Zhou: The strategy and objectives of legal work are inextricably linked to the general environment and development stage of the company, and it is indeed a difﬁcult and arduous task to achieve sustained support for business growth while taking the ever-changing regulatory environment into account.
To do this work well, I believe it’s essential to consider two foundations. The ﬁrst is to have an in-depth understanding of the industry in which we are engaged, especially the segments under the industry, including the characteristics of research and development, industrialisation, and commercialisation. Besides, if we have a global layout, we may also have a full understanding of the business characteristics of its international target markets. Secondly, we need to return to the legal work itself, which encompasses carrying out legal risk identiﬁcation, analysis and assessment based on the in-depth analysis of the business, and establishing a good set of internal legal risk controls. Adjusting the speciﬁc legal risk control measures in accordance with continuous changes in the internal and external environments in a timely manner, which can be achieved by combining the company’s strategy, business development and changes in regulatory policies together. Importantly, we need to obtain the understanding and support from relevant departments and management team within the company when implementing the above work.
Yeo: In times where companies operate in both developed and developing countries, there is no one-size-ﬁts-all all business and/or legal strategies. More so, we are mindful that different countries and regions will require different focus. We look to ﬁne-tune legal strategies by looking carefully at where our business needs are, how they have changed in different geographical regions, and putting in emphasis on them where it matters. Amidst deep diving into the needs of different regions, we make a point to ensure that compliance is always paramount to the integrity of our business.
ALB: On that note, how do you anticipate legal and regulatory challenges in your jurisdiction(s) in areas including drug innovation, licensing and approval, and patent disputes, and what will be your approach to navigating these operational complexities and legal nuances?
Zhou: As an innovative vaccine biopharmaceutical company in China, I predict that the risks in some areas of the pharmaceutical industry will increase in a short time signiﬁcantly, including the management of human genetic resources, the application of international clinical data in China’s new drug approvals, the approval of cross-border biologic products transactions, as well as international patent dispute risks on innovative medicines and platform technologies especially those having great commercial values.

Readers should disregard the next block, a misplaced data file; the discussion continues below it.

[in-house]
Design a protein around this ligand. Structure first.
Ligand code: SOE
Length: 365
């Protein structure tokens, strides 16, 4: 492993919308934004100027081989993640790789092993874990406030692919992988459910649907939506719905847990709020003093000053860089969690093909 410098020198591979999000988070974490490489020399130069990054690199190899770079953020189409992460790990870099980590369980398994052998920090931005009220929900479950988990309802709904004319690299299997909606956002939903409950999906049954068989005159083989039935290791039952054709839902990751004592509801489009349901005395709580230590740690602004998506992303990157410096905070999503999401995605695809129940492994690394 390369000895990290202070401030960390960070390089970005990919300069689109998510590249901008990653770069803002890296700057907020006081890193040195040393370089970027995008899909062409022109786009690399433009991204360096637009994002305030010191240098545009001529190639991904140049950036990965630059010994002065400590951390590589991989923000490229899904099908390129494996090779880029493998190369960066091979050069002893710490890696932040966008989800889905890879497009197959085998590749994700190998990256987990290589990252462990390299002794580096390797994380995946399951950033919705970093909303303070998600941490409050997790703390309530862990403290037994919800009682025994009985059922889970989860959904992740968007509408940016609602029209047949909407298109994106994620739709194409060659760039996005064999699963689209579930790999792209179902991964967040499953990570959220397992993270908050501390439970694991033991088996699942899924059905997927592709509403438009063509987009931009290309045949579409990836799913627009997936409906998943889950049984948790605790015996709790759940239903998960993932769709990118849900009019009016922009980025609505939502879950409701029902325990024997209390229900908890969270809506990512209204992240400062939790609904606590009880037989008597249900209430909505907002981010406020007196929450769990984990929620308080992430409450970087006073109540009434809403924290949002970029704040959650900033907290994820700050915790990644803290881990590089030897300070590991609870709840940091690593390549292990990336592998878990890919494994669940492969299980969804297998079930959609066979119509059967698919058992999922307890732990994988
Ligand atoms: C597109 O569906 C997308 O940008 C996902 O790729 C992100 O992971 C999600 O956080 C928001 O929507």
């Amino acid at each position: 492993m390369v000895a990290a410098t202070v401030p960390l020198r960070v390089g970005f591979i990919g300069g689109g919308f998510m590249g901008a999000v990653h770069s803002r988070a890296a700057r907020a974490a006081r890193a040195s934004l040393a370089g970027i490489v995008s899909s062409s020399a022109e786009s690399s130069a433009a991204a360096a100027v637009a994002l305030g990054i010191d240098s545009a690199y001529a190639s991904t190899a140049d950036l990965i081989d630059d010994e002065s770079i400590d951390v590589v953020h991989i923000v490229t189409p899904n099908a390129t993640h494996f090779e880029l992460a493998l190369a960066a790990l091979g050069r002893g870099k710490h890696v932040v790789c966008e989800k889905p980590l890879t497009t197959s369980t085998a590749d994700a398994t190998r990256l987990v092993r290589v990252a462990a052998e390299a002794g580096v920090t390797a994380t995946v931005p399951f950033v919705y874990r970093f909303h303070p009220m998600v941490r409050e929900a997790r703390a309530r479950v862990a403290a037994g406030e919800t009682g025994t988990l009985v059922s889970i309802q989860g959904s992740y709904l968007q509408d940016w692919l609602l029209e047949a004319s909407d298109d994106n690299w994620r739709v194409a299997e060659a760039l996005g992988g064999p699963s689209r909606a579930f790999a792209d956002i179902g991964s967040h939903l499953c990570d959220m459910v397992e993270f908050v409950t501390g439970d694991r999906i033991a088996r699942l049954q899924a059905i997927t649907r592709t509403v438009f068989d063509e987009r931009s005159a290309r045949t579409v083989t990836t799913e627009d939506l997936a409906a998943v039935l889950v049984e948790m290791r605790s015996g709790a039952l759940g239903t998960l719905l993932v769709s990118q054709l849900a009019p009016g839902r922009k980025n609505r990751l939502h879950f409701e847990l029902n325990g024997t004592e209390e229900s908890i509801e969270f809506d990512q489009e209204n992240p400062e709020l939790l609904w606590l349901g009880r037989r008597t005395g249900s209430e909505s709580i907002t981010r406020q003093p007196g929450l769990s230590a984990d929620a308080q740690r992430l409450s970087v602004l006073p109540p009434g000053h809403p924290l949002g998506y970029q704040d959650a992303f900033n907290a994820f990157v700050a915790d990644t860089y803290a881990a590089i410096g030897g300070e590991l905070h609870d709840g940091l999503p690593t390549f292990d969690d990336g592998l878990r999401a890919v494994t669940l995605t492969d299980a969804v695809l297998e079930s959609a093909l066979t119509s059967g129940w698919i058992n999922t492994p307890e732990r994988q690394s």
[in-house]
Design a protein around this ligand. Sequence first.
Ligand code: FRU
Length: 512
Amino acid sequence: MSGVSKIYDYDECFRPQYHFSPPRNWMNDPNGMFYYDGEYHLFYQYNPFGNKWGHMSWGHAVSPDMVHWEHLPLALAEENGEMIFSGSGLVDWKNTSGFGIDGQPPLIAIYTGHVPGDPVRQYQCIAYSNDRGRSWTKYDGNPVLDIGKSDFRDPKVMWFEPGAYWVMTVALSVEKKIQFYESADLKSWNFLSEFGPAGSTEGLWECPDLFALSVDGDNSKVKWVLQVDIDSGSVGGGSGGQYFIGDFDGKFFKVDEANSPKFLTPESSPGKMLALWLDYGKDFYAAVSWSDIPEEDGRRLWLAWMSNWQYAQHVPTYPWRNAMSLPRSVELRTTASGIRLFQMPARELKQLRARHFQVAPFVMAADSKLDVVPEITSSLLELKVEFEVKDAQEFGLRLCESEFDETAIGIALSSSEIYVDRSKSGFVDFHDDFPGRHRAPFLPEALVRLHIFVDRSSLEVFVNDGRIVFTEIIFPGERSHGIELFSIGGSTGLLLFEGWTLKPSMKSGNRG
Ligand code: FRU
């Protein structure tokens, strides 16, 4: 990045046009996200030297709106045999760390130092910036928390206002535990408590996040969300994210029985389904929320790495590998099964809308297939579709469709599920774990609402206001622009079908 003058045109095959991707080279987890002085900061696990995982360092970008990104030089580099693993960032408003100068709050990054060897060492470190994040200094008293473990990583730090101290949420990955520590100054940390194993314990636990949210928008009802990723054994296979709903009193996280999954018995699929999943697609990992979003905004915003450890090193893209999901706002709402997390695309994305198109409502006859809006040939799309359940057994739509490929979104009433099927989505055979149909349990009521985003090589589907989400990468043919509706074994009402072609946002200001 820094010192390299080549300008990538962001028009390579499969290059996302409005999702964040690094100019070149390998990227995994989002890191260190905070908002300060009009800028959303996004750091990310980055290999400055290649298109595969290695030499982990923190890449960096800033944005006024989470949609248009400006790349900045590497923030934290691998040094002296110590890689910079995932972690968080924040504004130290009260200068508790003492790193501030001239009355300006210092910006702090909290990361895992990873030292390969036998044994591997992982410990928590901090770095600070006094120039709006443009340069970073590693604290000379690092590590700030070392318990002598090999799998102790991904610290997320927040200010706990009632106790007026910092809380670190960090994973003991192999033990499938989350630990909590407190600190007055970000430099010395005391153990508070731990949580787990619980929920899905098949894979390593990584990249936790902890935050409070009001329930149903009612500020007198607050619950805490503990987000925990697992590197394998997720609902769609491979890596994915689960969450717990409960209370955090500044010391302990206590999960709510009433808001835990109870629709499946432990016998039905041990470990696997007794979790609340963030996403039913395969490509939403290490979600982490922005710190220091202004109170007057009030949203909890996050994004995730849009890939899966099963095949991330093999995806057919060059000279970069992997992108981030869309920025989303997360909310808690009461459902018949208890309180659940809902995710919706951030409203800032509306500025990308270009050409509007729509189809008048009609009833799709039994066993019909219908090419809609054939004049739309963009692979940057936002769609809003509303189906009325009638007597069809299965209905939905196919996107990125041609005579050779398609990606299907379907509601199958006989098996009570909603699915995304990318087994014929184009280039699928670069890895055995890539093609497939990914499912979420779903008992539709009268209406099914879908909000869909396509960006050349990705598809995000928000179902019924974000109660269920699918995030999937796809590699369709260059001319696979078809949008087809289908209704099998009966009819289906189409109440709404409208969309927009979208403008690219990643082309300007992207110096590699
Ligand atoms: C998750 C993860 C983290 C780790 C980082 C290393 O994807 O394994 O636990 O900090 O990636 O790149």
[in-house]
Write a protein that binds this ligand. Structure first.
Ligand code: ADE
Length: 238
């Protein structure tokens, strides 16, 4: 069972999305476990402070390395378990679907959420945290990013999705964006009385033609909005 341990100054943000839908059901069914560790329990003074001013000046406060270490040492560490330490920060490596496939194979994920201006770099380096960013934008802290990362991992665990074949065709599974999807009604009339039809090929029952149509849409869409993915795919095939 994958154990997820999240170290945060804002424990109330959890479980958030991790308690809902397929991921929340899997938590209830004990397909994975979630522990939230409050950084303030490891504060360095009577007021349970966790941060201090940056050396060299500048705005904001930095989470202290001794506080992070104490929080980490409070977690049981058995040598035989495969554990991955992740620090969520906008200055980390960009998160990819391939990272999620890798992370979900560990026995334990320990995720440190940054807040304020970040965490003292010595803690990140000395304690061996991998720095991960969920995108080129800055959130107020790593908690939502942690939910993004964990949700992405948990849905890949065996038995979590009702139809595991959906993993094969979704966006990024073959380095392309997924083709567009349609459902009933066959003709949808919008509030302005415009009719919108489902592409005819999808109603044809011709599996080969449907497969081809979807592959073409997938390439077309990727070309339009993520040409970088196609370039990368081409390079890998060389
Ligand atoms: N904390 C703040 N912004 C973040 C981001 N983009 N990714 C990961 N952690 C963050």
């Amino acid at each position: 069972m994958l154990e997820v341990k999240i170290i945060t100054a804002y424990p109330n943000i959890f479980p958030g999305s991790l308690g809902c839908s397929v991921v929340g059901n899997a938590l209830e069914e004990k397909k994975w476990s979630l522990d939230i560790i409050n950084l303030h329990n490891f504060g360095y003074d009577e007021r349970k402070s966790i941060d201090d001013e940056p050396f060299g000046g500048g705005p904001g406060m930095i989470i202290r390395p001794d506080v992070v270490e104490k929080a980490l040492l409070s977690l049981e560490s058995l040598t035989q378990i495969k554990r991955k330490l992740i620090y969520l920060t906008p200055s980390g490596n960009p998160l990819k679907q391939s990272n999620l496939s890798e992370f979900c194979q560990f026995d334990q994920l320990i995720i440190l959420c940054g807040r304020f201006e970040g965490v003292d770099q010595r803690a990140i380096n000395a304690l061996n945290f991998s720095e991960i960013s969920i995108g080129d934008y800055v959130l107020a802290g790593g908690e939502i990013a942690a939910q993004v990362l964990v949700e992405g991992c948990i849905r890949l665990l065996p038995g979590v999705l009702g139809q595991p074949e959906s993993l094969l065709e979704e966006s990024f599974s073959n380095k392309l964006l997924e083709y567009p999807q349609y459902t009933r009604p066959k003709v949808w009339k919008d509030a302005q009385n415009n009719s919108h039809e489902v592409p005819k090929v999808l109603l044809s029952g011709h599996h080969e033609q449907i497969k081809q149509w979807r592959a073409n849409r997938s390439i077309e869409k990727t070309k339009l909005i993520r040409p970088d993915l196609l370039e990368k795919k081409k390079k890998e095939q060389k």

In order to deal with these risks, I suggest that the ﬁrst and foremost thing is to maintain close communication with regulators and industry experts. As enterprises, we should understand the legislation’s purpose and the regulatory’s focus to prepare well for business scenario prediction and legal analysis. Based on the above work, we need to collaborate with relevant internal departments to formulate relevant rules and processes, and reasonably and appropriately set up the control measures at the key control points. Lastly, we also need to conduct internal training and dissemination about the new regulations and policies in the company, so that the conducting level knows what to do and management level knows why to do it. At the same time, as I have mentioned earlier, with the internal and external environment changes, the legal department should also dynamically update and adjust the relevant risk assessment and initiatives to maintain the ﬂexibility and appropriateness of the work.
Yeo: In this highly competitive environment of innovation and the need to be the ﬁrst, it is critical for all internal support functions to put mind maps in place and plan with the end in mind. Prepare for the unexpected hiccups. For the legal team, it is to ensure legal documentation, licensing and approval are ﬁrst thought through and communicated with partners, regulators, and suppliers beforehand. Once the groundwork is laid, the project or innovation can more effectively take place and take root.
ALB: How has your role as GC in the pharmaceutical and healthcare sector in your jurisdiction evolved, and what would you describe as some of the most important skills to succeed in your position?
Zhou: I often joke that I am a grass-roots GC, which, in fact, is the truth because I started my career in CanSinoBio as the sole person in legal and gradually completed the process of building legal departments and systems from zero to one. While such route of development is inseparable from the rapid development of the company itself, it puts forward more demands on my work and management scope in turn. In the process, the company’s leaders, beneﬁtting from their international vision and foresight, have been helping and supporting me and asking me to look at my work from the perspective of a GC even though I wasn’t one then.
Overall, the scope and departments I managed went through three development stages. The ﬁrst stage is to expand from legal affairs to internal control, the second stage is to separate the compliance section from legal affairs and internal control, and at the same time, to clarify the overall management of the company’s intellectual property rights (IPR), for which we established our own IPR team and the third stage is to separate internal control and internal auditing from legal affairs and compliance, improving the management lines and responsibilities of the internal audit-ing department.